Baseball Projectile Motion Problem

  • #1
I am having difficulty with Problem 79 of Chapter 3 from Physics for Scientists and Engineers by Paul A. Tipler, 4th Edition:

The distance from the pitcher's mound to home plate is 18.4 m. The mound is 0.2 m above the level of the field. A pitcher throws a fast ball with an initial speed of 37.5 m/s. At the moment the ball leaves the pitcher's hand, it is 2.3 m above the mound. What should the angle between [tex]\overrightarrow{v}[/tex] and the horizontal be so that the ball crosses the plate 0.7 m above the ground?

The following values are given:

[tex]y_0 = 0.2 m + 2.3 m = 2.5m[/tex]
[tex]y = 0.7 m[/tex]
[tex]x_0 = 0[/tex]
[tex]x = 18.4 m[/tex]
[tex]v_0 = 37.5 m/s[/tex]

The following should also be noted:

[tex]v_{0x} = v_0 \cos \theta_0[/tex]
[tex]v_{0y} = v_0 \sin \theta_0[/tex]
[tex]g = 9.81 m/s^2[/tex]

The equation of motion in the x direction is:

[tex]x = x_0 + v_{0x}t[/tex]
[tex]\Rightarrow x = v_{0x}t[/tex]
[tex]\Rightarrow t = \frac{x}{v_{0x}}[/tex]
[tex]\Rightarrow t = \frac{x}{v_0 \cos \theta_0}[/tex]
[tex]\Rightarrow t = \frac{18.4}{37.5 \cos \theta_0}[/tex]

The equation of motion in the y direction is:

[tex]y = y_0 + v_{0y}t - \frac{1}{2}gt^2[/tex]
[tex]\Rightarrow 0.7 = 2.5 + (v_0 \sin \theta_0)t - 4.905t^2[/tex]
[tex]\Rightarrow -4.905 (\frac{18.4}{37.5 \cos \theta_0})^2 + (37.5 \sin \theta_0)(\frac{18.4}{37.5 \cos \theta_0}) + 1.8 = 0[/tex]
[tex]\Rightarrow -1.1809 \frac{1}{cos^2 \theta_0} + 18.4 \frac{\sin \theta_0}{\cos \theta_0} + 1.8 = 0[/tex]
[tex]\Rightarrow -1.1809 + 18.4 \sin \theta_0 \cos \theta_0 + 1.8 \cos^2 \theta_0 = 0[/tex]

Noting that [itex]\cos^2 \theta_0 + \sin^2 \theta_0 = 1 \Rightarrow \cos^2 \theta_0 = 1 - \sin^2 \theta_0[/itex], and also that [itex]\sin(2 \theta_0) = 2 \sin \theta_0 \cos \theta_0[/itex], we then have:

[tex]-1.1809 + 9.2 \sin(2 \theta_0) + 1.8 (1 - \sin^2 \theta_0) = 0[/tex]
[tex]\Rightarrow -1.1809 + 9.2 \sin(2 \theta_0) + 1.8 - 1.8 \sin^2 \theta_0 = 0[/tex]
[tex]\Rightarrow -1.8 \sin^2 \theta_0 + 9.2 \sin(2 \theta_0) + 0.6191 = 0[/tex]

How do I solve for [itex]\theta_0[/itex] without resorting to graphical methods (this is an intro physics text, after all)?

The answer given in the back of the book is [itex]\theta_0 = -1.93^\circ[/itex].

Note also that:

[tex]-1.8 \sin^2 (-1.93^\circ) + 9.2 \sin[(2)(-1.93^\circ)] + 0.6191 = -0.00227... \approx 0[/tex]

It therefore appears that I have set the problem up correctly; I just don't know how to put the finishing touch on the solution. Any ideas?
 

Answers and Replies

  • #2
56
0
as a suggestion, change [tex]\sin{2\theta_0}=2\sin{\theta_0}\cos{\theta_0}[/tex]
wisky40
 
  • #3
56
0
and also [tex]\cos^2{\theta}+\sin^2{\theta}=1
 
  • #4
56
0
once again [tex]\cos^2{\theta}+\sin^2{\theta}=1[/tex]
 
  • #5
Doc Al
Mentor
45,248
1,598
NoPhysicsGenius said:
The equation of motion in the x direction is:

[tex]x = x_0 + v_{0x}t[/tex]
[tex]\Rightarrow x = v_{0x}t[/tex]
[tex]\Rightarrow t = \frac{x}{v_{0x}}[/tex]
[tex]\Rightarrow t = \frac{x}{v_0 \cos \theta_0}[/tex]
[tex]\Rightarrow t = \frac{18.4}{37.5 \cos \theta_0}[/tex]
Looks good to me. But don't be in such a hurry to solve for t. The equation can also be written like this:
[tex]18.4 = 37.5 cos\theta t[/tex]

The equation of motion in the y direction is:

[tex]y = y_0 + v_{0y}t - \frac{1}{2}gt^2[/tex]
[tex]\Rightarrow 0.7 = 2.5 + (v_0 \sin \theta_0)t - 4.905t^2[/tex]
[tex]\Rightarrow -4.905 (\frac{18.4}{37.5 \cos \theta_0})^2 + (37.5 \sin \theta_0)(\frac{18.4}{37.5 \cos \theta_0}) + 1.8 = 0[/tex]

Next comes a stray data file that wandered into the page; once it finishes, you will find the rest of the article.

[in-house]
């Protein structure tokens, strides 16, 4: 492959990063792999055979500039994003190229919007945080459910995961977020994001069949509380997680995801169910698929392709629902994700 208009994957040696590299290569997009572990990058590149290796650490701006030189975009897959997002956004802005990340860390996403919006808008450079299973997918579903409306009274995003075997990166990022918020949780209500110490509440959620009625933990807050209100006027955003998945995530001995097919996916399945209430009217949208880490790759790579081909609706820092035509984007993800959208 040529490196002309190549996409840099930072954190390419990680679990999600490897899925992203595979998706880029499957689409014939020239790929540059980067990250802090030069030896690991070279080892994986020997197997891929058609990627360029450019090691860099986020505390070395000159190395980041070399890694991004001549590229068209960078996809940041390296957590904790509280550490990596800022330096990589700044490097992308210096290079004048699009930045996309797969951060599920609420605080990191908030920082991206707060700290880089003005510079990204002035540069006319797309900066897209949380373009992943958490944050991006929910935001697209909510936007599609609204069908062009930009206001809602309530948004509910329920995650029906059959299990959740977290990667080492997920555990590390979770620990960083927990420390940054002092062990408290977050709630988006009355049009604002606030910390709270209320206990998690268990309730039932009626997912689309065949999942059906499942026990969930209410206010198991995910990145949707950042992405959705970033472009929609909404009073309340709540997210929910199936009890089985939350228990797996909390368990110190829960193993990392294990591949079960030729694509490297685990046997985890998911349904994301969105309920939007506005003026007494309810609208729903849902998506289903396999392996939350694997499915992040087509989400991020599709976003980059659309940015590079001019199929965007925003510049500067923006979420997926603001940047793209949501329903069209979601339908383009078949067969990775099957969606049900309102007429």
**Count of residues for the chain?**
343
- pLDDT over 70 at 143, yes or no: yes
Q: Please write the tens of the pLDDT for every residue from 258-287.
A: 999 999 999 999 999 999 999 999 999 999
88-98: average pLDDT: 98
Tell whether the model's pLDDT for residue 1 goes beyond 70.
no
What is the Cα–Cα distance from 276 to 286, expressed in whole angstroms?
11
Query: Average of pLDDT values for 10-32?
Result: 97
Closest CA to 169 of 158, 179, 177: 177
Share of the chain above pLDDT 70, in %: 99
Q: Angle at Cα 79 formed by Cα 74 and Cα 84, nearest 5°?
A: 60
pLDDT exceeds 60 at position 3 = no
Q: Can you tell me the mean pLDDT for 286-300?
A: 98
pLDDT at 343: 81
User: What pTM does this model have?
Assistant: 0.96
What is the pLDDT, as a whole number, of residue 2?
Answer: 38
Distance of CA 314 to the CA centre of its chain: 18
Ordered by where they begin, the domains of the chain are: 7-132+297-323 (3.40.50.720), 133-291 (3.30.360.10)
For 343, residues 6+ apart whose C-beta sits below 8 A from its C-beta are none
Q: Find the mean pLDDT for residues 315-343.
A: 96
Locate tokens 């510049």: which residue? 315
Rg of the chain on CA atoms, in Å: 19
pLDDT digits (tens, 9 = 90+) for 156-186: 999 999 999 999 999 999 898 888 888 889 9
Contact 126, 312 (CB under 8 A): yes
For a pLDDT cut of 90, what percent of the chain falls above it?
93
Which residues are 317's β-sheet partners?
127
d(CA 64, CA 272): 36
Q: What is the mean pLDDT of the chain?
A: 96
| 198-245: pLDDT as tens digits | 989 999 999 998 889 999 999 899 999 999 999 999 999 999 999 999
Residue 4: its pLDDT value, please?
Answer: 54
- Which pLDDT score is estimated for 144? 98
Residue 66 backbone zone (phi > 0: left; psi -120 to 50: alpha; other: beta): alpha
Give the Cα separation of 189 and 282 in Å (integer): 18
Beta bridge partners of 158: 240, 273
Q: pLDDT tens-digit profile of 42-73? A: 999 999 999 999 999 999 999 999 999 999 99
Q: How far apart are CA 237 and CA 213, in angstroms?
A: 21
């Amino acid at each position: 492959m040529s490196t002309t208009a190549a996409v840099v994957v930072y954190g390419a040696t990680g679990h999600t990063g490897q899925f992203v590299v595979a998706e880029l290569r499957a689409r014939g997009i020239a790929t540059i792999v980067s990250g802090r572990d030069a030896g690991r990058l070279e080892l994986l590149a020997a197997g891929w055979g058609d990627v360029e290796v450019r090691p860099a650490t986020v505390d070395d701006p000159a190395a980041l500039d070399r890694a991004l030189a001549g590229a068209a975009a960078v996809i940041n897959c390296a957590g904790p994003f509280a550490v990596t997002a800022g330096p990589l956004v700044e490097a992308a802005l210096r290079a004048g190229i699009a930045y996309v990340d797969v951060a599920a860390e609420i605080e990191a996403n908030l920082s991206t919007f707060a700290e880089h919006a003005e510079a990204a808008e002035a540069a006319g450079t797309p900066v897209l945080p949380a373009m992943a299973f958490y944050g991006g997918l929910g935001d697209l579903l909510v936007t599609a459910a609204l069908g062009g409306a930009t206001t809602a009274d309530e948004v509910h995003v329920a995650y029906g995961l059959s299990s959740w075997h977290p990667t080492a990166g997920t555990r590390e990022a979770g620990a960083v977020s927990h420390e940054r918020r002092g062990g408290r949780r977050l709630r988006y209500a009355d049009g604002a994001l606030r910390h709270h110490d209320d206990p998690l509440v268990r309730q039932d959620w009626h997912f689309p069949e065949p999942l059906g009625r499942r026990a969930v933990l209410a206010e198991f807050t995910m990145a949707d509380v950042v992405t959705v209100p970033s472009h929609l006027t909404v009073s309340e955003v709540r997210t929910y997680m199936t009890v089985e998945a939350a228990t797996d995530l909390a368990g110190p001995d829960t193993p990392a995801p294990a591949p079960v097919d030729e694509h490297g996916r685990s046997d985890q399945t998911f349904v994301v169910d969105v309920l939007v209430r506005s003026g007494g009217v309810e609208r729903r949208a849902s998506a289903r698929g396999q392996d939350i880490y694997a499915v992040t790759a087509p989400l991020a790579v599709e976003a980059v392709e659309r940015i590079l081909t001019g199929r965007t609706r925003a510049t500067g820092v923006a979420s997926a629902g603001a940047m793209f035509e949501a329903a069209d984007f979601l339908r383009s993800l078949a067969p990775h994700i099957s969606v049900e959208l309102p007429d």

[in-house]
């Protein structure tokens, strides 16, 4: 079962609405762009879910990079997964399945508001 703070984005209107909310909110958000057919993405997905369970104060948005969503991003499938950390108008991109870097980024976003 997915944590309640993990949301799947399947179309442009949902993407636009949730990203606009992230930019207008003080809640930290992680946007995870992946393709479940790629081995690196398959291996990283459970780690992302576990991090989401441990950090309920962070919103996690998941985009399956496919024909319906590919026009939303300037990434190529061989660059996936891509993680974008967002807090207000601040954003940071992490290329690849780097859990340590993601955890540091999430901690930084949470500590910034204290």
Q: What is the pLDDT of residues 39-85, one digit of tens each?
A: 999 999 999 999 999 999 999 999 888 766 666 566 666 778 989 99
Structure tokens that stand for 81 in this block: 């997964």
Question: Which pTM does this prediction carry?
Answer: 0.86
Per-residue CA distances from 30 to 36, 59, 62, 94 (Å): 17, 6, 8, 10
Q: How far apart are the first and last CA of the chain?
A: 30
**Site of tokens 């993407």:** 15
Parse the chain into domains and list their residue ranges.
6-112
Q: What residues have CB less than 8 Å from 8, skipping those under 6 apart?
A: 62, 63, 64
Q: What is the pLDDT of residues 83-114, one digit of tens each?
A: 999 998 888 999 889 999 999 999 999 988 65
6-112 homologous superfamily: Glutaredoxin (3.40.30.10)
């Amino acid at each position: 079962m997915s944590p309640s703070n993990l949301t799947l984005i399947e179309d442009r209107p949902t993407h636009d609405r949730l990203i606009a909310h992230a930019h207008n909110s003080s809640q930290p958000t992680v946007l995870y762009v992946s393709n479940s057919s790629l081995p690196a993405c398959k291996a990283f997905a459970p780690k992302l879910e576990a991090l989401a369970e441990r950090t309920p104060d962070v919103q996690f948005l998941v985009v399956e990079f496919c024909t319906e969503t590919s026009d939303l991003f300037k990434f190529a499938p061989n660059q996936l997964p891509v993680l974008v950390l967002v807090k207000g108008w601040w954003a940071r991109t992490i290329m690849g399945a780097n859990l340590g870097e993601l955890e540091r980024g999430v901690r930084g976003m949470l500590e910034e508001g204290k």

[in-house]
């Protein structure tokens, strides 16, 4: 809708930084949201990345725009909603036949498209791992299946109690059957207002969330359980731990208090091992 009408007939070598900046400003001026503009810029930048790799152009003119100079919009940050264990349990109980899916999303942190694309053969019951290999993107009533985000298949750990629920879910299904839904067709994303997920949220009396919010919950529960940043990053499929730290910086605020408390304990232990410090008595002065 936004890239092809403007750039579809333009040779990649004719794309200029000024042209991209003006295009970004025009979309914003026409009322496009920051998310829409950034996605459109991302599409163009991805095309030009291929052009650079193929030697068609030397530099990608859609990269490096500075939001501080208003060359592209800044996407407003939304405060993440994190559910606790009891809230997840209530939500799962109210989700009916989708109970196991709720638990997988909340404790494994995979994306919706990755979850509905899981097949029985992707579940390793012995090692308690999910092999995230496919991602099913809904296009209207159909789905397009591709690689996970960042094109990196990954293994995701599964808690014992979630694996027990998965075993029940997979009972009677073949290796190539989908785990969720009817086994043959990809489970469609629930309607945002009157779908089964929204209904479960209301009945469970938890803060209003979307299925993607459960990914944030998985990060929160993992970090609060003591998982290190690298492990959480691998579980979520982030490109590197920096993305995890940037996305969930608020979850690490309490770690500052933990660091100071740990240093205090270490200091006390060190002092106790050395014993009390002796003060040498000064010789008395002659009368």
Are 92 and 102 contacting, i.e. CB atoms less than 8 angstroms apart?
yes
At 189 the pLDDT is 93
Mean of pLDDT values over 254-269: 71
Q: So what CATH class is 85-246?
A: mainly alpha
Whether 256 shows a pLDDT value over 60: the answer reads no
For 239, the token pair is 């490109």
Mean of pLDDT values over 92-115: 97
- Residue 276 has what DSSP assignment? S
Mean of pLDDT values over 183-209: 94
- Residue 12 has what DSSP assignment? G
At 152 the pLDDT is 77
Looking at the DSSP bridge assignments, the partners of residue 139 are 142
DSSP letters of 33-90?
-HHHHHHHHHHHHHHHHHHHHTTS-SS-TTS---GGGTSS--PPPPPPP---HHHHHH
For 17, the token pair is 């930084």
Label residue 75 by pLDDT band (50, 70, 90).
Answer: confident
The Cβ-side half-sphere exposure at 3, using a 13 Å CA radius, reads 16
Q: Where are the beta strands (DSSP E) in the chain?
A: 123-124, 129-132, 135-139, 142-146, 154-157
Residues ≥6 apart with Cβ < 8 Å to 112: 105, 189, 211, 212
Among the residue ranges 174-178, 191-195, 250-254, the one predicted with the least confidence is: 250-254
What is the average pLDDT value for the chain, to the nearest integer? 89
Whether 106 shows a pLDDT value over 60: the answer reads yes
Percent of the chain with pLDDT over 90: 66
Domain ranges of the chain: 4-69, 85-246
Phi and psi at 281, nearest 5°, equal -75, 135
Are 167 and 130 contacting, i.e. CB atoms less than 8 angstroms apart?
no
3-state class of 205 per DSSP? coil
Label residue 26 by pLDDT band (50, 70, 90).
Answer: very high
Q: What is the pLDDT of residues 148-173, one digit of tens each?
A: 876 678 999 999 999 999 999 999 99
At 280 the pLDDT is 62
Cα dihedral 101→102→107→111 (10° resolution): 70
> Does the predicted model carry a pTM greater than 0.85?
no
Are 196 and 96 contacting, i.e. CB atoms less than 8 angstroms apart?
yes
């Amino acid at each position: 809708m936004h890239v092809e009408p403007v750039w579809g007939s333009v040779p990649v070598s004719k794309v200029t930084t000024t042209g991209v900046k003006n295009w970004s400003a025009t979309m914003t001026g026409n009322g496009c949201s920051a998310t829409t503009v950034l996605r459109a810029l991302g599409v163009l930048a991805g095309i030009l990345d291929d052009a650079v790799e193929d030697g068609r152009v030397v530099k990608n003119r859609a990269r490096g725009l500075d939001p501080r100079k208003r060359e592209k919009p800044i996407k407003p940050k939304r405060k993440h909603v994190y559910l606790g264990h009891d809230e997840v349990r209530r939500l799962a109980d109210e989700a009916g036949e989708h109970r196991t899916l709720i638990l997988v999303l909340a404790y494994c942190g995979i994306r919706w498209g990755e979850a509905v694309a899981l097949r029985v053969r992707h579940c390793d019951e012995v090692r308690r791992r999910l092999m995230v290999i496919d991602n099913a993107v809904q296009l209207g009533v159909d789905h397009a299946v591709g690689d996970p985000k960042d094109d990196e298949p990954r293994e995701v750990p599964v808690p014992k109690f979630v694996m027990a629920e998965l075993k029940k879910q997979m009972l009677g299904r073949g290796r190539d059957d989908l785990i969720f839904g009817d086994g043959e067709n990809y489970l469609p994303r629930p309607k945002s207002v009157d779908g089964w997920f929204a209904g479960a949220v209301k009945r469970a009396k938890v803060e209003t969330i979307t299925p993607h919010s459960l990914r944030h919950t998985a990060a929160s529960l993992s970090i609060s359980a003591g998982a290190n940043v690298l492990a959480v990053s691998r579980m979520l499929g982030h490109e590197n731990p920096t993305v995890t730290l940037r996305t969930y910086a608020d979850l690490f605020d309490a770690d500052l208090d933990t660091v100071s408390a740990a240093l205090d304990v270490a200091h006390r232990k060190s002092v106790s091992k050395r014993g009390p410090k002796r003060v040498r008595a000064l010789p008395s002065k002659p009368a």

[tex]\Rightarrow -1.1809 \frac{1}{cos^2 \theta_0} + 18.4 \frac{\sin \theta_0}{\cos \theta_0} + 1.8 = 0[/tex]
[tex]\Rightarrow -1.1809 + 18.4 \sin \theta_0 \cos \theta_0 + 1.8 \cos^2 \theta_0 = 0[/tex]
Once again, don't rush. Think strategically. In order to use the [itex]sin^2\theta + cos^2\theta = 1[/itex] trick, you need to isolate those trig functions. The equation for y can also be rewritten like this:
[tex] 4.9t^2 - 1.8 = 37.5 sin\theta t[/tex]

Now do you see how to apply that trig identity? (Square both equations and add them together.) Solve for t, then use t to solve for [itex]\theta[/itex].
 
  • #6
Doc Al said:
Once again, don't rush. Think strategically.

Hmm ... I don't believe I've ever tried this before. Might also explain my difficulties with winning games of chess. :biggrin:

Doc Al said:
Now do you see how to apply that trig identity? (Square both equations and add them together.) Solve for t, then use t to solve for [itex]\theta[/itex].

Nice tip!

After squaring both equations and adding, I got the following:

[tex]24.059t^4 - 1423.908t^2 +341.8 = 0[/tex]

Applying the quadratic formula gave two values for [itex]t^2[/itex] which, after taking the square root, gave two positive values for [itex]t[/itex]. They were [itex]t = 0.490945s[/itex] and [tex]t = 7.67743s[/itex].

Naturally, since the pitcher throws a fast ball, we should use [tex]t = 0.490945s[/tex].

Then:

[tex]18.4 = 37.5(\cos \theta_0)t \Rightarrow \theta_0 = cos^{-1}\frac{18.4}{37.5t}[/tex]
[tex]\Rightarrow \theta_0 = cos^{-1}\frac{18.4}{37.5(0.490945)} = \pm 1.93^\circ[/tex]

To determine whether [itex]\theta_0[/itex] is positive or negative, one must then plug the solution back into the expression for [itex]y[/itex] (namely, [itex]y = y_0 + v_{0y}t - \frac{1}{2}gt^2[/itex]), which yields [itex]y = 1.94 m \neq 0.7m[/itex] for [itex]\theta_0 = +1.93^\circ[/itex] versus [itex]y = 0.7 m[/itex] for [itex]\theta_0 = -1.93^\circ[/itex].

Therefore, the book's answer of [itex]\theta_0 = -1.93^\circ[/itex] is vindicated as correct.

Thanks for your help. I believe my approach to solving physics problems in the future will improve as a result. :cool:
 

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